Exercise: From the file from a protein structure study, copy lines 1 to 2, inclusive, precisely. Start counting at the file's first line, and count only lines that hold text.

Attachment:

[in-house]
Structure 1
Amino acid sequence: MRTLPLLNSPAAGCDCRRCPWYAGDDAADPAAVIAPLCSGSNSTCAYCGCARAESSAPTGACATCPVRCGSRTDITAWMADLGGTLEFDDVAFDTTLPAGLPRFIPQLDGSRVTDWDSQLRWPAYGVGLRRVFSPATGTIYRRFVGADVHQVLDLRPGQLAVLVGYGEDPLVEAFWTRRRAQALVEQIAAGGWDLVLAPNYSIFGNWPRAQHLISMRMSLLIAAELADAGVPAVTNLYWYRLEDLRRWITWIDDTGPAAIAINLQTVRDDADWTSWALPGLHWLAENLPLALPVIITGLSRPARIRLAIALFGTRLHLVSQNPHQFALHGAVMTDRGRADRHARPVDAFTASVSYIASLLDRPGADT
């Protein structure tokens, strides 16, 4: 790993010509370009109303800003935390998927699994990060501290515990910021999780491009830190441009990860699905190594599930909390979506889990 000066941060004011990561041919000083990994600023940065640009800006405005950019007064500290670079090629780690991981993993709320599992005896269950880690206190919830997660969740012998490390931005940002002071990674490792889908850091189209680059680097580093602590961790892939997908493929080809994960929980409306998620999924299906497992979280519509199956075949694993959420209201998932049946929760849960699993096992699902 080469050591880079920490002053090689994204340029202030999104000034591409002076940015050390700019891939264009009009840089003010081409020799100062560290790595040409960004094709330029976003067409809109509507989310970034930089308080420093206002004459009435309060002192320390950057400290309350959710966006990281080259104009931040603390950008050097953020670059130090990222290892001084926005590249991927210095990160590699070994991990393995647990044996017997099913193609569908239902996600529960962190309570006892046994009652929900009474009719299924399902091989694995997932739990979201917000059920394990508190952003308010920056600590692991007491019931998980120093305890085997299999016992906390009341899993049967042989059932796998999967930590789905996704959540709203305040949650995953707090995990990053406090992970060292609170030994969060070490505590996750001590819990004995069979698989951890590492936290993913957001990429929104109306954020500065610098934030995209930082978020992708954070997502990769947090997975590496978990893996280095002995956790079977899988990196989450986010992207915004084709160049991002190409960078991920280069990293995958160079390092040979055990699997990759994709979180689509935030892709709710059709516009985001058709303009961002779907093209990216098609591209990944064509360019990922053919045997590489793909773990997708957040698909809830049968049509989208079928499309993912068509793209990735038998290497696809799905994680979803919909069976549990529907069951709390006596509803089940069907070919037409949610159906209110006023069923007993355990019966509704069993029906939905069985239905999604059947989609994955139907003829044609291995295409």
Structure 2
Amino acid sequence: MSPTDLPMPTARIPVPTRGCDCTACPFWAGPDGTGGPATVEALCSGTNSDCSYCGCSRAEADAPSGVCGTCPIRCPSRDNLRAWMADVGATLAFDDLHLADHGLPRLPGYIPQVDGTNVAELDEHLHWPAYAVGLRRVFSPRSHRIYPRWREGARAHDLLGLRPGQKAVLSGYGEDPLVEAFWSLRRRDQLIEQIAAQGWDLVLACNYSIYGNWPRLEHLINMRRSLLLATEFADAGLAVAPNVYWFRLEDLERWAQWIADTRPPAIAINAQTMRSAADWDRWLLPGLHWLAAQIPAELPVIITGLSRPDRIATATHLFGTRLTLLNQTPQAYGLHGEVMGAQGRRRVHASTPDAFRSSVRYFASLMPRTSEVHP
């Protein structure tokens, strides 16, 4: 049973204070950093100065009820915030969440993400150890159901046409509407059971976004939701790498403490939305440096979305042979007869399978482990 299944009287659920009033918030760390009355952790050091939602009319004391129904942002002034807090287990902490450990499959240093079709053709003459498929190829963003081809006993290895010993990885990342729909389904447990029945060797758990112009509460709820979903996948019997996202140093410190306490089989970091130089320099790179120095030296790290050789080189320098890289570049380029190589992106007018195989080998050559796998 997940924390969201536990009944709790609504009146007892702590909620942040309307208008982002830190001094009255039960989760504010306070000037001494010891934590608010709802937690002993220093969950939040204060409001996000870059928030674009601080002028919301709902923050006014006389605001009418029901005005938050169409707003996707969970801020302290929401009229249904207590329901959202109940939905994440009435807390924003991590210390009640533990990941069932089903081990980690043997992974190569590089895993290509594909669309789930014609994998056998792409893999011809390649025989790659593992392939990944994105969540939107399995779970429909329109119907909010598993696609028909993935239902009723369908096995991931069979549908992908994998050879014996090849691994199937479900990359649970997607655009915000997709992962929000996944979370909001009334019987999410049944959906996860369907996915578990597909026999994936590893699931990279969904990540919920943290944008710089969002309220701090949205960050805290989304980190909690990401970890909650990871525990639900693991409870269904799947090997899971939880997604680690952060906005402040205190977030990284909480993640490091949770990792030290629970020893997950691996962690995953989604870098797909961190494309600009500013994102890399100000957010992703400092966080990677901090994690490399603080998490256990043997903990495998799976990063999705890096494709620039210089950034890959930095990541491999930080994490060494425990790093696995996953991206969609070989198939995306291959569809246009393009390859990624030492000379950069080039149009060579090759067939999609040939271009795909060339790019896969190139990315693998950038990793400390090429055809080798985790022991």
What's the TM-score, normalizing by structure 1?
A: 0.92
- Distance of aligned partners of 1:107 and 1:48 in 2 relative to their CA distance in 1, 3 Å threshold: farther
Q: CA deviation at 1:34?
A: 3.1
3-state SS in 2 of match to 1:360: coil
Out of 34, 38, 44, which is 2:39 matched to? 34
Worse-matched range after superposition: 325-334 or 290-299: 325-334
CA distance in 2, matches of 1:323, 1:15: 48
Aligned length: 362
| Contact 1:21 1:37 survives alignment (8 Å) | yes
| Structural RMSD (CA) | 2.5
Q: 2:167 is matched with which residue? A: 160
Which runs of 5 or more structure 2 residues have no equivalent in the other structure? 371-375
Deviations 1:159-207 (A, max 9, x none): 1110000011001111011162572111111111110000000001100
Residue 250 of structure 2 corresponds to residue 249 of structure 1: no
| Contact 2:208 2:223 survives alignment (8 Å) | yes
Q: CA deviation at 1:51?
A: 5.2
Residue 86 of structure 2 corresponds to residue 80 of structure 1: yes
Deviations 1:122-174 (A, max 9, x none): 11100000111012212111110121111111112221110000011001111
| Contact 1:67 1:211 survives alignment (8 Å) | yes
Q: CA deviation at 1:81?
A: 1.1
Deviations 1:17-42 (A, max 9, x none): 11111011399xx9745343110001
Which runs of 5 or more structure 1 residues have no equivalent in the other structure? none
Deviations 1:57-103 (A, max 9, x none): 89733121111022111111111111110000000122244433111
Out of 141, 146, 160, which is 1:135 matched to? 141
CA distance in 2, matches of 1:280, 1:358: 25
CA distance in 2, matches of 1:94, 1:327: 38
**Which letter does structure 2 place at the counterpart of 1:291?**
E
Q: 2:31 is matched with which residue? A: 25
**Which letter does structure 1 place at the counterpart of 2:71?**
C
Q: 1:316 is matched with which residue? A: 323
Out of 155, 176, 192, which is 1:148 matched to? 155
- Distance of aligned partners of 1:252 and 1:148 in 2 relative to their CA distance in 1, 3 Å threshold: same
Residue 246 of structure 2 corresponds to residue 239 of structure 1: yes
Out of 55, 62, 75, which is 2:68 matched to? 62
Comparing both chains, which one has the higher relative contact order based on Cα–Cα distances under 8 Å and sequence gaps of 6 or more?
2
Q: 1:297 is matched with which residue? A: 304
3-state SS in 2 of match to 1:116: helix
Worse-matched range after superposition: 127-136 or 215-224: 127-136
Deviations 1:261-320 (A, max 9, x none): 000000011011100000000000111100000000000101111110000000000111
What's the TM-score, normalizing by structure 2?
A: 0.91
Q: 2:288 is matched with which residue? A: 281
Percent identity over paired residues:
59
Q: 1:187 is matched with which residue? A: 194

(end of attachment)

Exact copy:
[in-house]
Structure 1